Anonymous said...

On this whole issue we need to consider William Rowe's book.

I haven't read it, but I understand he argues against Adams.

This book focuses on God's freedom and praiseworthiness in relation to his perfect goodness. Given his necessary perfections, if there is a best world for God to create he would have no choice other than to create it. For, as Leibniz tells us, 'to do less good than one could is to be lacking in wisdom or in goodness'. But if God could not do otherwise than create the best world, he created the world of necessity, not freely. And, if that is so, it may be argued that we have no reason to be thankful to God for creating us, since, as parts of the best possible world, God was simply unable to do anything other than create us---he created us of necessity, not freely. Moreover, we are confronted with the difficulty of having to believe that this world, with its Holocaust, and innumerable other evils, is the best that an infinitely powerful, infinitely good being could do in creating a world. Neither of these conclusions, taken by itself, seems at all plausible. Yet each conclusion appears to follow from the conception of God now dominant in the great religions of the West. William Rowe presents a detailed study of this important problem, both historically in the writings of Gottfried Leibniz, Samuel Clarke, Thomas Aquinas, and Jonathan Edwards, and in the contemporary philosophical literature devoted to the issue. Rowe argues that this problem is more serious than is commonly thought and may require some significant revision in contemporary thinking about the nature of God.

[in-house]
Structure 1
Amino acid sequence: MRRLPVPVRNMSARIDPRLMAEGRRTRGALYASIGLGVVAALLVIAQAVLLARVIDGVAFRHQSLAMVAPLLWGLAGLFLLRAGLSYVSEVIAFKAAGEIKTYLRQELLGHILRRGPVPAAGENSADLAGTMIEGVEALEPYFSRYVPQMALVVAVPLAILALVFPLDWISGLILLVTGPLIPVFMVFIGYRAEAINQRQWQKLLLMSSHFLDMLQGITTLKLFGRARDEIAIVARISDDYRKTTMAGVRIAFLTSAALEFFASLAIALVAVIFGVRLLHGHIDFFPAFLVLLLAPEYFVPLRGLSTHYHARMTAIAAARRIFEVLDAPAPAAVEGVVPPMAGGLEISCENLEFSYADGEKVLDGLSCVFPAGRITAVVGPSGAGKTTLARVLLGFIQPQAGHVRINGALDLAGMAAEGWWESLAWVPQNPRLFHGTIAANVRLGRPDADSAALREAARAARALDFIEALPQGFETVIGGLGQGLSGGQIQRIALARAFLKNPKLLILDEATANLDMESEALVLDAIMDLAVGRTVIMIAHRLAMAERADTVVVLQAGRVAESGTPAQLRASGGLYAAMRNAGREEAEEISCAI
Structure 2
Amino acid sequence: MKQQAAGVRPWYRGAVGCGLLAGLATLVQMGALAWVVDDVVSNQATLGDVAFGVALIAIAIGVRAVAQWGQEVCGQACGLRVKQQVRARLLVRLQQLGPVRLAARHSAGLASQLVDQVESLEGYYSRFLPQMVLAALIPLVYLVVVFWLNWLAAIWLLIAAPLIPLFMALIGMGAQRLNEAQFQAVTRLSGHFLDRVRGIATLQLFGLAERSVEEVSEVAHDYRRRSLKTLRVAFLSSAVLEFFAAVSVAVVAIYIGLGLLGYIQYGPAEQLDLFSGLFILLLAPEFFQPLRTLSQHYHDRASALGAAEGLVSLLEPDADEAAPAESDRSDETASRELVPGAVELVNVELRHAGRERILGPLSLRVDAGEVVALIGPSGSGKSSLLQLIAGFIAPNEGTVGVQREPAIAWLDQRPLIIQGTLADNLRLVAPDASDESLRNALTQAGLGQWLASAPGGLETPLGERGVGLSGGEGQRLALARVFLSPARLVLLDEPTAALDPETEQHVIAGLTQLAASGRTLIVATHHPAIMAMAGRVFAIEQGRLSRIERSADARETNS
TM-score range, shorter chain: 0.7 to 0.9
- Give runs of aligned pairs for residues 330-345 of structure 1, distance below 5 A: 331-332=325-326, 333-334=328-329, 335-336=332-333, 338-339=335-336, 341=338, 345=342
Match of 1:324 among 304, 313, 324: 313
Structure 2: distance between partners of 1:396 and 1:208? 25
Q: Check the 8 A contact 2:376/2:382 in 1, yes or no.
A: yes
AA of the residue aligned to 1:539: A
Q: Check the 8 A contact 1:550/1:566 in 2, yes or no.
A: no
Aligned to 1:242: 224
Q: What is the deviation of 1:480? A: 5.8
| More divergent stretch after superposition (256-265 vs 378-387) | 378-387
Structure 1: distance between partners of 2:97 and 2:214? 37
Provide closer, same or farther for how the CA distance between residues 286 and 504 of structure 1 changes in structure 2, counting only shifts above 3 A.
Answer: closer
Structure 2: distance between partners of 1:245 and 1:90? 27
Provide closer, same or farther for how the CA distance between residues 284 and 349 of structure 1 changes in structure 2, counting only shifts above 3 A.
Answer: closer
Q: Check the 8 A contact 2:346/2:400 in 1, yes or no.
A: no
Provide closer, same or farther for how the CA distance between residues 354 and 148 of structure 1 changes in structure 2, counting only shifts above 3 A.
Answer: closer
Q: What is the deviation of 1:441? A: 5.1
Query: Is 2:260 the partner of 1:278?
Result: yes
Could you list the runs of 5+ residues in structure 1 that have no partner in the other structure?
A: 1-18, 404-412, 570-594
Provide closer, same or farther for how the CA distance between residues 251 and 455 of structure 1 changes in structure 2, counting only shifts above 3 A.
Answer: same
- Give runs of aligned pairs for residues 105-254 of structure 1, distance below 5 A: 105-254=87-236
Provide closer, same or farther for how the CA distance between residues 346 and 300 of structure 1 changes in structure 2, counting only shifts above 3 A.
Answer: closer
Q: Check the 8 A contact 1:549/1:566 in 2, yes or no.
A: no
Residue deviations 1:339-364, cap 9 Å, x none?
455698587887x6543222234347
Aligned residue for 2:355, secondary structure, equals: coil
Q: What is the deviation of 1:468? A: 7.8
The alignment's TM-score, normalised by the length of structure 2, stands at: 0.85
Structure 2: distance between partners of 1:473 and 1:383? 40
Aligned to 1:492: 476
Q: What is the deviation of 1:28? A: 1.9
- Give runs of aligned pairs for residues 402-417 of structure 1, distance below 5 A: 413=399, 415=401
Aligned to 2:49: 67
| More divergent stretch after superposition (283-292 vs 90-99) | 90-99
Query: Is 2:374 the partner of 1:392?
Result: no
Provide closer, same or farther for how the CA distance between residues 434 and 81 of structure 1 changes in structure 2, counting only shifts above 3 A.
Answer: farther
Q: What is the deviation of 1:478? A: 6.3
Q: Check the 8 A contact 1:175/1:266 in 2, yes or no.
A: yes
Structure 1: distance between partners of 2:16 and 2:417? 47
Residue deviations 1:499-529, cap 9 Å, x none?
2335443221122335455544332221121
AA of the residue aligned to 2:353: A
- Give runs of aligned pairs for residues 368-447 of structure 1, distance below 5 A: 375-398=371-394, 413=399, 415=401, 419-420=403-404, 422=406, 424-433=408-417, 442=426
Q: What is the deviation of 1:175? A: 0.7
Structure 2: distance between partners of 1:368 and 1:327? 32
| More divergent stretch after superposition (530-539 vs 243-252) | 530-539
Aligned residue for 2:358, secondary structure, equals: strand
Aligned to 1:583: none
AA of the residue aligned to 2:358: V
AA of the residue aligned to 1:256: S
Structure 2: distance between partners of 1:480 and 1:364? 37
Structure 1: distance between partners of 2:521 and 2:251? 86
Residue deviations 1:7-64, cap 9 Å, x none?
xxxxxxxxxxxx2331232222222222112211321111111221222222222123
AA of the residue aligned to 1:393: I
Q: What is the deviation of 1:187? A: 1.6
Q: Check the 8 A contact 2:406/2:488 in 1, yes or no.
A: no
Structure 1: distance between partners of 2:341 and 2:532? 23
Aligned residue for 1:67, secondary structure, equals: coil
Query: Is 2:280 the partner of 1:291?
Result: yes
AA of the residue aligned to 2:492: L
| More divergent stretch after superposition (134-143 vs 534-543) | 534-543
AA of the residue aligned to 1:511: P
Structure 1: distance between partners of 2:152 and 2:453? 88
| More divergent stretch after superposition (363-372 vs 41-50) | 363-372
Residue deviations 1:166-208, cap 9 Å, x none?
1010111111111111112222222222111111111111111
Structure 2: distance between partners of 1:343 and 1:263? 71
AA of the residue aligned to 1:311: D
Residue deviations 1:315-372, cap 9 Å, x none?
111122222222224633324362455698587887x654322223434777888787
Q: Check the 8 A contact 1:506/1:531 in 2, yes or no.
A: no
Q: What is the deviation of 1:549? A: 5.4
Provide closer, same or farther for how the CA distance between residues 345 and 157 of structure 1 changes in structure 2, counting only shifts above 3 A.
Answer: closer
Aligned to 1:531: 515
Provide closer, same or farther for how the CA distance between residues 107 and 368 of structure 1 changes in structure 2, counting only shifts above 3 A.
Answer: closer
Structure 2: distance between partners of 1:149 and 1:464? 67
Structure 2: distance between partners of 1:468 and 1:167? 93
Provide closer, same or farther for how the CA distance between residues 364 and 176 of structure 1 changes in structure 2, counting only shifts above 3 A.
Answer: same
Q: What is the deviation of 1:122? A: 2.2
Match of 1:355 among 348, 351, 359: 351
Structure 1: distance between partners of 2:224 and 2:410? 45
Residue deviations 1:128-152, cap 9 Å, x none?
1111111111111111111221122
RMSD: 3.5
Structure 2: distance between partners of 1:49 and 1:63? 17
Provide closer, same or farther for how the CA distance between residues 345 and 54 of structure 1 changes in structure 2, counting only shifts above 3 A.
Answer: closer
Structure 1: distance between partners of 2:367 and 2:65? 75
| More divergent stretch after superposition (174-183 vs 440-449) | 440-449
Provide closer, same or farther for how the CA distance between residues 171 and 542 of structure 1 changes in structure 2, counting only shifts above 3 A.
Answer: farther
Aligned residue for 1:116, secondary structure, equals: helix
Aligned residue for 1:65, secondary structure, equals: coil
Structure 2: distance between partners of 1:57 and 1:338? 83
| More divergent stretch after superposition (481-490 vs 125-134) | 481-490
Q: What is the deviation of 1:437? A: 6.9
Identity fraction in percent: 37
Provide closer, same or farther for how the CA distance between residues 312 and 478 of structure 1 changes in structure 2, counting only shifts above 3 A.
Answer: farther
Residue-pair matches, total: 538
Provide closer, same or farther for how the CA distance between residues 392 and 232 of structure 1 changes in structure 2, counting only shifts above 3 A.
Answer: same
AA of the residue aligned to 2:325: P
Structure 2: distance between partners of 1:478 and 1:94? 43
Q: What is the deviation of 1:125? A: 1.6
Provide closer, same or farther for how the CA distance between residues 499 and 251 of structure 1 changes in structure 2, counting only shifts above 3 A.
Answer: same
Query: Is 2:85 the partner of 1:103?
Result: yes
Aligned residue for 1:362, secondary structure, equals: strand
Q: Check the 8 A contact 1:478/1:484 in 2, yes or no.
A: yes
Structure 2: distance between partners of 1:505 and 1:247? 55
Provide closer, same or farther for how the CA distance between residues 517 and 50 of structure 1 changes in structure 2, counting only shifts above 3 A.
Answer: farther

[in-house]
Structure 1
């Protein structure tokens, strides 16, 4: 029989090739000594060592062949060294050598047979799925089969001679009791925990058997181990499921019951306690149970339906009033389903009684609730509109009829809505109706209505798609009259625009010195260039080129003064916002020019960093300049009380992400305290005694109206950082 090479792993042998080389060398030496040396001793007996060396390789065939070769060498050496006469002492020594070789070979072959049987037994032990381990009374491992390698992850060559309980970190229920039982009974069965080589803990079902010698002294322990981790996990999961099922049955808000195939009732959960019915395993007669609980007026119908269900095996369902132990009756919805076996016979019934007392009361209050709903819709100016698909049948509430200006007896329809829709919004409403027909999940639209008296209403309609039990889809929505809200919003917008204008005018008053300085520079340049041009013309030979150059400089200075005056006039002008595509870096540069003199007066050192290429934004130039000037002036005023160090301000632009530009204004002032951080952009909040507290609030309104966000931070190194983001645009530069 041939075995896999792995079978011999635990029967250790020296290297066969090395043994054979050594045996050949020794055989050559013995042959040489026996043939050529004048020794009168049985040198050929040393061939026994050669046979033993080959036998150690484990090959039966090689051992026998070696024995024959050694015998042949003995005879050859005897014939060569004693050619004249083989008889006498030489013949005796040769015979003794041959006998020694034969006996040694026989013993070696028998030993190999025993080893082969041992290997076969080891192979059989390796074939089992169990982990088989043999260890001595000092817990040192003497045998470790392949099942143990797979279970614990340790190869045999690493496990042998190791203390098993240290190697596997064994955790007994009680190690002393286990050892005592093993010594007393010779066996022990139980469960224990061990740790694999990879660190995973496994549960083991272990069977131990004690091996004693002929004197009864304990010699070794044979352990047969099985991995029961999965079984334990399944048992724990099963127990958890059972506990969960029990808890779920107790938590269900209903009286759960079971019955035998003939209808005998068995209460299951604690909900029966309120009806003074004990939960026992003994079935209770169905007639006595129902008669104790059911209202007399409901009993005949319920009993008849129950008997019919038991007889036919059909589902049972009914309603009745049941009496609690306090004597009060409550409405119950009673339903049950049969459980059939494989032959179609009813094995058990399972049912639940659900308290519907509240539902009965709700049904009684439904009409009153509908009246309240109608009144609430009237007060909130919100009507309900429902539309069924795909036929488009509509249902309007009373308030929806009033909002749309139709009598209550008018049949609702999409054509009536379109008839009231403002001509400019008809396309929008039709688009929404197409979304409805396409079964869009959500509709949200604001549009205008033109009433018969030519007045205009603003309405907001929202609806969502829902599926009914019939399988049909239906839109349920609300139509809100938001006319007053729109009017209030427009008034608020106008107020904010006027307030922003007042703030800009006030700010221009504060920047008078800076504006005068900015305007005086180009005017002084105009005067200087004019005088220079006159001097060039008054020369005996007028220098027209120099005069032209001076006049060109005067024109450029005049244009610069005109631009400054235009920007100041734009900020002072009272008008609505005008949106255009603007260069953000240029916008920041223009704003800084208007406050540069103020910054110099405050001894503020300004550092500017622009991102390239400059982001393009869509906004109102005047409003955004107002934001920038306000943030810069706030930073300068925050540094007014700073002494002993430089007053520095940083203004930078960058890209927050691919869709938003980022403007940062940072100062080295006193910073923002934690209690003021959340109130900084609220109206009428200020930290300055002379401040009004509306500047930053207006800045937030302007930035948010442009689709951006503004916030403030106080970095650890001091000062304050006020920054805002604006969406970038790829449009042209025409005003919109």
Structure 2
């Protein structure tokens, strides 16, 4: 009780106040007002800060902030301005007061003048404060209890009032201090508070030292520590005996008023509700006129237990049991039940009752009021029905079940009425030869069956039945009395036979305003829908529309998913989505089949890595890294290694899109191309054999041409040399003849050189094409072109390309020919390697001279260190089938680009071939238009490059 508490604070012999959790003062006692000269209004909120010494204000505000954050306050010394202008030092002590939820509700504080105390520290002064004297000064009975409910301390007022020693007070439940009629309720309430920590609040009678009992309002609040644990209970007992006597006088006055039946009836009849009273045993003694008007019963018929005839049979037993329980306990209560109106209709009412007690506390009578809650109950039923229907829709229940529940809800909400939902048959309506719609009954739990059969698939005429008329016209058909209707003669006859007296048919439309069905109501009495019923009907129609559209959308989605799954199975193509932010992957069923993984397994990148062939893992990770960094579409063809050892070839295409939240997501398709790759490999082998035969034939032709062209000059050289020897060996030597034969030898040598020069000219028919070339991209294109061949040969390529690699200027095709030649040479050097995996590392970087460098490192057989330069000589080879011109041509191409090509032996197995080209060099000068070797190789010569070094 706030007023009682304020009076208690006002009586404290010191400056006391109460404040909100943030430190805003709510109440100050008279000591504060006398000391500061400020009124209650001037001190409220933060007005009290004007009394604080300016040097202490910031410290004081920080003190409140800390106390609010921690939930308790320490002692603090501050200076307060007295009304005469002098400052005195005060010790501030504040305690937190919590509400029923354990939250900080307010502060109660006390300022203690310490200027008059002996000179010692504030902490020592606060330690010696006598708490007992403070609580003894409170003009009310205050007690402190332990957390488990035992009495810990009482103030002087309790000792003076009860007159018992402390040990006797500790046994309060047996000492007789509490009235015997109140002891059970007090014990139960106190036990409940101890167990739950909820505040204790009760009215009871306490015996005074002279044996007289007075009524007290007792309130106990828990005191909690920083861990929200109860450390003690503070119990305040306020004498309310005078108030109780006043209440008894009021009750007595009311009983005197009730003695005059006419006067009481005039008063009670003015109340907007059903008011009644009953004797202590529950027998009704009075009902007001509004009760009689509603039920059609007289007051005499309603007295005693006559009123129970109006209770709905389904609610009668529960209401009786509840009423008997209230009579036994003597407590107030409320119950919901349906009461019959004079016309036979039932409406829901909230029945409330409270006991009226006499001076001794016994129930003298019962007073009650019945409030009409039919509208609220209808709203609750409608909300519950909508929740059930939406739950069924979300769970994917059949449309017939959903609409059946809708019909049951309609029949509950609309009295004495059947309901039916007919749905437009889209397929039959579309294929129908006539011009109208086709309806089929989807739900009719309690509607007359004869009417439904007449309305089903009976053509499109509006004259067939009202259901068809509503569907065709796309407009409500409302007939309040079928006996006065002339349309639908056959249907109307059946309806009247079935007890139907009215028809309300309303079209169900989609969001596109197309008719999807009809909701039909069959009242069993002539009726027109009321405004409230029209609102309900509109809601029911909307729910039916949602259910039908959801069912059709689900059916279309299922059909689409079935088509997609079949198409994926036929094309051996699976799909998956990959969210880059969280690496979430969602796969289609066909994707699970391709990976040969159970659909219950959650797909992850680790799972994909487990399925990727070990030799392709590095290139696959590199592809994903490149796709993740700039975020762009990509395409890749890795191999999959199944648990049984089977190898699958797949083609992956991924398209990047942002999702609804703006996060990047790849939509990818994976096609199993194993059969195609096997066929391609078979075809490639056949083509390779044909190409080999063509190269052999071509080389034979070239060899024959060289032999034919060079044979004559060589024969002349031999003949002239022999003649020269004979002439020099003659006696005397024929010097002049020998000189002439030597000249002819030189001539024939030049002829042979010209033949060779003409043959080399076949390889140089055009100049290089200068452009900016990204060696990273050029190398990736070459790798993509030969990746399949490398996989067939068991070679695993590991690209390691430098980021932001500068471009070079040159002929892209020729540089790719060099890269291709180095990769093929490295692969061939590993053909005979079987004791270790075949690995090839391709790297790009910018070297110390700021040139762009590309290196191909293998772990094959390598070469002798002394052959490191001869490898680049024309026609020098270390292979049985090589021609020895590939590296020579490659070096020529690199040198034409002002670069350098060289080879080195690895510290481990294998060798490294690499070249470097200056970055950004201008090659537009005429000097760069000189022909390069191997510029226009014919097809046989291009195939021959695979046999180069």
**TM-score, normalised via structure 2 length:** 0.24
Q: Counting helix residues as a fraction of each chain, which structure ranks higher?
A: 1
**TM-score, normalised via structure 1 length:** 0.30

Anonymous said...

I just ordered Rowe's book, so I should have something more to add later after reading it.

Sturgeon's Lawyer said...

Dr. Reppert,

The problem (as I see it) with reducing God to an algorithm is that it means that God need be no more conscious than the infamous "Chinese room."

As for suffering to maximize the balance of good over evil -- surely God can choose not to create evil at all. Since the ratio of any quantity to zero is infinite, that choice would make the balance of good over evil an absolute maximum (unless you wish to take the Taoist position that good is meaningful only in contrast with evil).

Therefore, in choosing to create any world at all in which any kind of evil subsists, God necessarily chooses not to maximize the balance of good over evil.

It might be that rather than the balance or ratio, God seeks to maximize the net good -- the solution to the sum (good - evil). But, again, I find myself doubting that such a mechanistic God bears any resemblance to the reality I seem to have encountered in my prayer.